“Hasidic Jewish reggae rapper” sounds like an anomaly at best and a novelty at worst. But anything closer than a cursory listen to Matisyahu’s words and music discovers a serious artist with strong faith. The now clean-shaven Matisyahu will perform at the State Theatre Nov. 6. The Sun spoke over the phone with Matisyahu to talk Judaism, detox and world peace.
The Sun: So there was a big controversy last December when you shaved your beard, and I heard you’ve dyed your hair blonde now.
Matisyahu: No, you’re behind! The hair was blonde about six months ago. It was short-lived. I was in Israel, filming a music video called Sunshine, and I sort of wanted that look, that sort of desert sun.
Sun: I feel like your latest album, Spark Seeker, contains fewer religious, fewer Jewish themes than your earlier work. Would you agree with that?
M: I don’t know, I wouldn’t say it that way, it’s just different. Every song is really different, you know. For example, I have a song on this record called “Bal Shem Tov,” and there’s Yiddish all over the record, there’s Jewish prayers on the record, so you could call that religious. For example, the “Bal Shem Tov” song is about [18th Century Jewish mystical rabbi] Bal Shem Tov, right? The message of the song is that a person can find their truth. So it really depends on how you look at that. I don’t think it’s so black and white, or that it’s less religious, or more religious.
Sun: I also feel that it’s a little more pop than your earlier records, and not so rooted in reggae and rap.
M: I would say so. But you know, “pop,” the word, has connotations with it, so it all depends on your definition of the word “pop.” I think the songs there are in some ways more accessible. I would use the word “accessible.”
Sun: What originally drew you to reggae?
M: I don’t really know, I’ll be honest. My cousin was from Barbados, and we’d listen to reggae when I was a kid and he used to come over for summer camp when I was in New York. So that was my first exposure, and after that it was Bob Marley. I don’t know what was is that drew me to the music. Music is the type of thing that has kind of a soul, a very spiritual kind of thing, and why one type of music draws one type of person more than another — I have no clue about the answer to that question.
Sun: In Got No Water, one of your lyrics is, “Young man, don’t you know drugs impurify your mind.” So it seems like you’re not that big into recreational drug use, and I was wondering how you reconcile that with your affinity for Bob Marley, with his often explicit references to drug culture.
M: You know, when I wrote that song, I was in kind of a detox period. I was becoming religious, and part of my becoming religious was kind of about getting off of drugs. So that was the relevance to that song at that moment. I don’t really have any necessarily big issues with drugs, or recreational drugs. I think everybody’s different, you know, and everybody has to really make their own decisions in their lives. You know how you said earlier that my music was more religious before? I would say it’s not that it’s more religious, but it’s got a lot of attacks on stuff that I would never write again. Things were a little bit more black and white, you know — drugs are bad, this is good, this is bad. Over time I’ve evolved to see different shades of colors.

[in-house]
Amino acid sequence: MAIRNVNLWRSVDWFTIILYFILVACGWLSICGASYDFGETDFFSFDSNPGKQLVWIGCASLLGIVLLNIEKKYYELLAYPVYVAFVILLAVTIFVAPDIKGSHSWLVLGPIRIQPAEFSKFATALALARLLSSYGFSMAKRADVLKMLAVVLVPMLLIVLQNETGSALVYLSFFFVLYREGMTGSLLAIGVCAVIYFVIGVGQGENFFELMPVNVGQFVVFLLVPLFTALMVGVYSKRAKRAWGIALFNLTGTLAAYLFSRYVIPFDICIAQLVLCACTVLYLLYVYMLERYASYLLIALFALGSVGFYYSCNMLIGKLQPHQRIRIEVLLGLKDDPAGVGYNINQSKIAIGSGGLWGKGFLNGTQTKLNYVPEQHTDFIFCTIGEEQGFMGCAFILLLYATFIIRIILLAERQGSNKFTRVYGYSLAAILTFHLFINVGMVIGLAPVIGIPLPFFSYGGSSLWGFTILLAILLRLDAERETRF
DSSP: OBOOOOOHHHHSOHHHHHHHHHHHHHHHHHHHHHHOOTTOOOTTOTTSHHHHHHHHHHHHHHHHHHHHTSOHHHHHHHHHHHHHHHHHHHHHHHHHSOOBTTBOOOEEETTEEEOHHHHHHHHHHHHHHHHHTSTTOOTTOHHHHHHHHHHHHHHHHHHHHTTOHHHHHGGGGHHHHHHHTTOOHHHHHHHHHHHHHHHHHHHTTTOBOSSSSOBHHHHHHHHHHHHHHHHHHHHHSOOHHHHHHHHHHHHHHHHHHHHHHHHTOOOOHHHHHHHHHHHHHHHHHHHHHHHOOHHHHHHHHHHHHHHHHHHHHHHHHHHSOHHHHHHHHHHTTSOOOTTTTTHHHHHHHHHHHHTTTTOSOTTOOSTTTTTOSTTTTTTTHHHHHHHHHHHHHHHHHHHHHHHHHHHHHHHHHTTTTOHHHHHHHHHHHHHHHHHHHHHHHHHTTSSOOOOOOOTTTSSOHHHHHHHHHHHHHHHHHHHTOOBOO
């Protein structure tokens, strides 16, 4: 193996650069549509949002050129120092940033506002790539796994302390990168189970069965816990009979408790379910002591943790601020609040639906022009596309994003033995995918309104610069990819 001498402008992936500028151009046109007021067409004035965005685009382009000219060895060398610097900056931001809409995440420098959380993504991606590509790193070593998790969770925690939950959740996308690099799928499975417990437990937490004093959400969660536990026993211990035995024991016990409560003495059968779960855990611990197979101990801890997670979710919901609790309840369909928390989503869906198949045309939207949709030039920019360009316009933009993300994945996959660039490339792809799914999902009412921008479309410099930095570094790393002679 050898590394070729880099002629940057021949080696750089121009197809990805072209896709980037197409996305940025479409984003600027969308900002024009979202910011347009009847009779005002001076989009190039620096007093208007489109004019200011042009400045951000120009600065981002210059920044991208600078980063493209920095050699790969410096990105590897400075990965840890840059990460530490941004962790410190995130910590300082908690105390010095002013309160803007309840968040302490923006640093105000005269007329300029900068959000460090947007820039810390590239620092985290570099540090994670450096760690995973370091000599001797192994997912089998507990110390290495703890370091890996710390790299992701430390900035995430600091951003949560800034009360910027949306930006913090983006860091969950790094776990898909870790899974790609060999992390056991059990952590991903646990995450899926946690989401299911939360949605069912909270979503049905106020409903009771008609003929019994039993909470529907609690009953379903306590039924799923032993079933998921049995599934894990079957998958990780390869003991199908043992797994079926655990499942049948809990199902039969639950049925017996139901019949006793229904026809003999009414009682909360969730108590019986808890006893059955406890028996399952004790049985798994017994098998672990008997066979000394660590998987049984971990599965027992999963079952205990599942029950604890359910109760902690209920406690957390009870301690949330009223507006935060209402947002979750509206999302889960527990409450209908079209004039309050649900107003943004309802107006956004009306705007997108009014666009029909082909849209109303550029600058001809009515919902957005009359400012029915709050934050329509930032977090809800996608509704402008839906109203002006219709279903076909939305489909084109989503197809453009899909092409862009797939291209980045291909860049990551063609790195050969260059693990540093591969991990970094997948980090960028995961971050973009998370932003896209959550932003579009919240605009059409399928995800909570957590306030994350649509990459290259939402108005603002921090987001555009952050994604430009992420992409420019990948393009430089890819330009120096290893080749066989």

Sun: Your show in Ithaca is on the night of the election. Are you planning on voting?
M: No, I don’t vote. I don’t really believe in politicians. I don’t know what they’re really offering, though that could just be my own ignorance. I’ve never voted. I’ve been asked that question before, but I’ve never felt the desire to vote. I was never inspired by a candidate that was running for presidential office, that my life would be affected by them hugely.
Sun: In your songs, you talk a lot about world peace. Do you feel any of the candidates in the upcoming election are in line with your vision of world peace?
M: I mean, I don’t really know, to be honest. I mean, world peace — who doesn’t want world peace? Everybody wants world peace, you know? But if the question is how to get there, no one knows how to get there, and I don’t know if that’s going to happen. The biggest thing is starting with yourself. I’m not really so concerned about big peace; I’m more concerned about, how can I find peace in myself? How can I try and convey that when I’m on the stage? For me that’s really the focus.
Sun: Your lyrics often center around ending conflict and bloodshed. Where do you stand on the Israeli-Palestinian conflict?
M: Well, as far as I understand, there was never a country called Palestine. There was the British occupation, but there was never a government. Palestine was a creation that was created within Israel, as Israel had already come about. That’s my understanding, but again, I’m not going to claim that I have the answer or the truth or the right knowledge. I’m a singer. I’m a musician, trying to find his own sense of balance in his own life, trying to write songs that inspire people. I love people and I love human beings, and I think if people could focus on that, it’d be great. But I have no answers as to who’s right and who’s wrong, and how we should deal with such huge issues that go back so far. All I know is that I have devout Muslim followers that love my music. To me, that’s what it’s about with modern people now, getting past who killed who, and knowing that God created this world in mercy. And if we could emulate that quality of mercy, we would be godly people.